So, my background is in software, mostly but not exclusively web development. I used to do both front and back end stuff, as well as sysadmin things. I worked with graphic designers a lot, some amazingly skilled people from whom I learned the importance of getting things exactly right, visually. Exactly right. Every pixel has to be perfect, every aspect of a design thought through carefully and then polished to perfection. I'm eternally grateful for the things I learned from those people. Programming and systems admin adds a different dimension to the art of "Doing Stuff Right", that of every case being accounted for and every exception or problem caught before it happens. Beauty takes many forms, both in terms of visual design and in software too.

    This focus on detail, on perfection, has carried over into my current work in the physical realm. Making stuff that is machine-perfect isn't so hard. Especially when using machines (although I don't have as many machines as I'd like). Near-perfect radiused curves or dead-square edges are do-able by hand, and ultra-high mirror finishes leave exactly nowhere to hide on the finishing front. A single tiny scratch will show up on a mirrored ring like a beacon, a slightly mis-soldered joint will be visible from metres away. That's fine, and I'm getting much better at it. I like that I don't consider something finished until it's as perfect as I can make it.

    What I find hard, perhaps ironically, is wonkiness. Imperfection. It's partly due to my background via commercial design, partly due to my experience in programming - and I'm sure it's partly due to me just being rather uptight about getting things "right" (I don't see this as being too terrible a character flaw, if I'm honest..) I'm not saying everything I make is perfect, not at all - but it's what I aim for a lot of the time - everything smooth and square and tidy and "right."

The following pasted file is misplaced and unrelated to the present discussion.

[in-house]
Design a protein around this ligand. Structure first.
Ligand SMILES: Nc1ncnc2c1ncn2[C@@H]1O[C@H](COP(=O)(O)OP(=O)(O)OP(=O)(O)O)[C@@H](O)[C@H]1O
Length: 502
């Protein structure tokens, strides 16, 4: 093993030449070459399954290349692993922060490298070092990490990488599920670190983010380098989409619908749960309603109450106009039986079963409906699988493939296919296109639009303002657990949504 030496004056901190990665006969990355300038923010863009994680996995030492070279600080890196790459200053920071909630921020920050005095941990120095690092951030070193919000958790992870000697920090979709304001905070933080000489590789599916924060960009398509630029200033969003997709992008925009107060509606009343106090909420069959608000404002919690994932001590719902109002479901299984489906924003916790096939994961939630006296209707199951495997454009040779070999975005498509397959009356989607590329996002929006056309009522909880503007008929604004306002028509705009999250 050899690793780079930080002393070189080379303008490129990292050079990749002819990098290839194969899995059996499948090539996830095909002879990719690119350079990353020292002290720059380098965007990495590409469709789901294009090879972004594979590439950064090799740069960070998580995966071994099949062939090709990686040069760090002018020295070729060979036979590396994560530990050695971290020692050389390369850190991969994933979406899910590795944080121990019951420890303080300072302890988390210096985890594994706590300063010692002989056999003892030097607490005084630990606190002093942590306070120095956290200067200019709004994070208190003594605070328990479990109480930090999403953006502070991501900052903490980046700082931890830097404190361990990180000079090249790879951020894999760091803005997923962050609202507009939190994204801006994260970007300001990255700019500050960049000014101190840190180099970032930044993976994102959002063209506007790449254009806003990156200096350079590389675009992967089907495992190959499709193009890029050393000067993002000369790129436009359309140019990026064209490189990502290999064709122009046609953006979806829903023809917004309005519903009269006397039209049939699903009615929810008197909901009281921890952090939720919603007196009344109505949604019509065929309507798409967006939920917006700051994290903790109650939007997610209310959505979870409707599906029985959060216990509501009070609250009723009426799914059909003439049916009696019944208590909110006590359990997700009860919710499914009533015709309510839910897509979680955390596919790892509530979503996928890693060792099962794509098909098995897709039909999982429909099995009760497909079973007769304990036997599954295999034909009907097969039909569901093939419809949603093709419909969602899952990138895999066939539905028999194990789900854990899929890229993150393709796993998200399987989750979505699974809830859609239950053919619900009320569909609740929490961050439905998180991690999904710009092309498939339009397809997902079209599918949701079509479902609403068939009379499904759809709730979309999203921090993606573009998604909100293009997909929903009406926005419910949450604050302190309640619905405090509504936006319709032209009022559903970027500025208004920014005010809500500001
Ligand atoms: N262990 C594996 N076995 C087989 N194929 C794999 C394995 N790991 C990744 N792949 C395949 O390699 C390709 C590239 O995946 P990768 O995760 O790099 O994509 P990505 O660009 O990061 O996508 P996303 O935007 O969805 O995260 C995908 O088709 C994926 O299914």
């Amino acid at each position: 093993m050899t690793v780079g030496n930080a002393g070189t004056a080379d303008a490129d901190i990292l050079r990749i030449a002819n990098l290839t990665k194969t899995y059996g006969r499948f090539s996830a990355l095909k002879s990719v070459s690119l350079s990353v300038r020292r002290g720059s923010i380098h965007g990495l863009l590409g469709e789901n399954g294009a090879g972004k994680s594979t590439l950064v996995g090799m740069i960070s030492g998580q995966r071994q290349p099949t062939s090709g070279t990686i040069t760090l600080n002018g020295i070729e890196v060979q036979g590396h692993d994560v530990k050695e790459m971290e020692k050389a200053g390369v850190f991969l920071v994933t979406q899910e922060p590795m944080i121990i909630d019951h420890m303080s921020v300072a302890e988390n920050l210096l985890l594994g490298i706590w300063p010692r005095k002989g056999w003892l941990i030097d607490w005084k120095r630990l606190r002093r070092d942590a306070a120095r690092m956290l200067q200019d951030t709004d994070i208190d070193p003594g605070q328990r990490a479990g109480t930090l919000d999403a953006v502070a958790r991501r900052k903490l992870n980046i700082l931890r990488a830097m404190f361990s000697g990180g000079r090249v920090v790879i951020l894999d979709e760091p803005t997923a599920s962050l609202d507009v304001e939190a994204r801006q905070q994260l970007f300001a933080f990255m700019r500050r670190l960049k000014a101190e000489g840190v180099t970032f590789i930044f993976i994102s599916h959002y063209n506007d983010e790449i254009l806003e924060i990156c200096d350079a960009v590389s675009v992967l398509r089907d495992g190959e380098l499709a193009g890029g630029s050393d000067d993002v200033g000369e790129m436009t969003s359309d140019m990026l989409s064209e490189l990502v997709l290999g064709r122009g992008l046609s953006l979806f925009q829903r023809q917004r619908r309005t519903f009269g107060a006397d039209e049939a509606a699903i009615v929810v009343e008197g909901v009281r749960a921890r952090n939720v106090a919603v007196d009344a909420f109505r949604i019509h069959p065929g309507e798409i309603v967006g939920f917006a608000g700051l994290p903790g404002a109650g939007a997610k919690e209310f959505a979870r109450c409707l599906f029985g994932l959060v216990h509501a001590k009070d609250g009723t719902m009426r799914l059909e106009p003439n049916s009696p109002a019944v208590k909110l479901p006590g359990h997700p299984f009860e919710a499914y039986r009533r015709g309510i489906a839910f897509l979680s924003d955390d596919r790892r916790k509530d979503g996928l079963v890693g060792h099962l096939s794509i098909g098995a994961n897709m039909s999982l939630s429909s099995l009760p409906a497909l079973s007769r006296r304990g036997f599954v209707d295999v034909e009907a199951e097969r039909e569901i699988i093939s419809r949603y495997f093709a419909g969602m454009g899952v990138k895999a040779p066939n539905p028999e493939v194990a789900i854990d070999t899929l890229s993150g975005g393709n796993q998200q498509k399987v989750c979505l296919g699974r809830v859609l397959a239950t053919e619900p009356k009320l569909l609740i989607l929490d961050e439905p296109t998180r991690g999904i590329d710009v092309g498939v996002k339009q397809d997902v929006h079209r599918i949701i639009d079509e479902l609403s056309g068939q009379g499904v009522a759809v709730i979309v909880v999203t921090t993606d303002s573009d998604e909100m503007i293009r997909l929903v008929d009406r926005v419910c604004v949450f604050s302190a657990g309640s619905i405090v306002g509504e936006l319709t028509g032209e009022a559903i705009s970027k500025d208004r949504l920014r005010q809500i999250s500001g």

Japan has the idea of wabi-sabi, the concept of beauty in imperfection. It's a very hard concept to translate into words, yet strangely it's very obvious when you see it. "wabi-sabi nurtures all that is authentic by acknowledging three simple realities: nothing lasts, nothing is finished, and nothing is perfect."

    So I'm trying to be more wonky. This is the kind of thing I mean. (more, another example)

    These were formed by hand from modelling clay, then cast in pure silver. At first glance I'm not 100% happy with some of the textures and tool marks on the surface, nor with the not-mirror-smooth interior, but making myself uncomfortable is part of the point of this. Without stepping outside where I'm comfortable, how will I ever progress?

    But then, it turns out that the more I see it, the more I touch it's soft organic curves and see how the light reflects and scatters off it's slightly orange-peel-like surface, the more I like it. It's human, relaxing: it has a gentle, quiet serenity. Being made of pure silver rather than the harder sterling silver, it will pick up it's own textures and marks with wear, making each piece as unique as the person wearing it. Sometimes that isn't desirable in a piece of jewellery, sometimes it is. There's enough metal in these rings to not risk their structural integrity in wear (a standard wire-style ring in pure silver will bend and break very easily), so why not let it do it's own thing?

    "if an object or expression can bring about, within us, a sense of serene melancholy and a spiritual longing, then that object could be said to be wabi-sabi."]